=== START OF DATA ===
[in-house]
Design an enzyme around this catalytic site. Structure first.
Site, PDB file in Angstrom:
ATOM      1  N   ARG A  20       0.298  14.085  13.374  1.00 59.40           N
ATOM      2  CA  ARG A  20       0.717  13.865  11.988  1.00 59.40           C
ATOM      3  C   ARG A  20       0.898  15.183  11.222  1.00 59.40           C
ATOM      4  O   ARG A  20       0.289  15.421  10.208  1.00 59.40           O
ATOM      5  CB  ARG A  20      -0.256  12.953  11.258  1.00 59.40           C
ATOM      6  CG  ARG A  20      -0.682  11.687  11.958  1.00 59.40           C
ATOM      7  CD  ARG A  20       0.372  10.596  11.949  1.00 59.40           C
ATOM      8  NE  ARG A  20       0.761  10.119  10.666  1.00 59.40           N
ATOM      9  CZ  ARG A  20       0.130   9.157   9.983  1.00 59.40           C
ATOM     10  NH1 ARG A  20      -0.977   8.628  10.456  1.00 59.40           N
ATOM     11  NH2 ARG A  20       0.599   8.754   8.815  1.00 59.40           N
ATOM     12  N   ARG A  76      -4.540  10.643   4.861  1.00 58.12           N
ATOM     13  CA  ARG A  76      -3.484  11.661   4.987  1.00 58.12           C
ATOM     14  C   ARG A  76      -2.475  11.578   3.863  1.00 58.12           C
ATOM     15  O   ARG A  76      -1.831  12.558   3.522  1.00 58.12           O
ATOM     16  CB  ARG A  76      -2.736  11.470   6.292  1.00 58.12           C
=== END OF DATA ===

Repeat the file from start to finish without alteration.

[in-house]
Design an enzyme around this catalytic site. Structure first.
Site, PDB file in Angstrom:
ATOM      1  N   ARG A  20       0.298  14.085  13.374  1.00 59.40           N
ATOM      2  CA  ARG A  20       0.717  13.865  11.988  1.00 59.40           C
ATOM      3  C   ARG A  20       0.898  15.183  11.222  1.00 59.40           C
ATOM      4  O   ARG A  20       0.289  15.421  10.208  1.00 59.40           O
ATOM      5  CB  ARG A  20      -0.256  12.953  11.258  1.00 59.40           C
ATOM      6  CG  ARG A  20      -0.682  11.687  11.958  1.00 59.40           C
ATOM      7  CD  ARG A  20       0.372  10.596  11.949  1.00 59.40           C
ATOM      8  NE  ARG A  20       0.761  10.119  10.666  1.00 59.40           N
ATOM      9  CZ  ARG A  20       0.130   9.157   9.983  1.00 59.40           C
ATOM     10  NH1 ARG A  20      -0.977   8.628  10.456  1.00 59.40           N
ATOM     11  NH2 ARG A  20       0.599   8.754   8.815  1.00 59.40           N
ATOM     12  N   ARG A  76      -4.540  10.643   4.861  1.00 58.12           N
ATOM     13  CA  ARG A  76      -3.484  11.661   4.987  1.00 58.12           C
ATOM     14  C   ARG A  76      -2.475  11.578   3.863  1.00 58.12           C
ATOM     15  O   ARG A  76      -1.831  12.558   3.522  1.00 58.12           O
ATOM     16  CB  ARG A  76      -2.736  11.470   6.292  1.00 58.12           C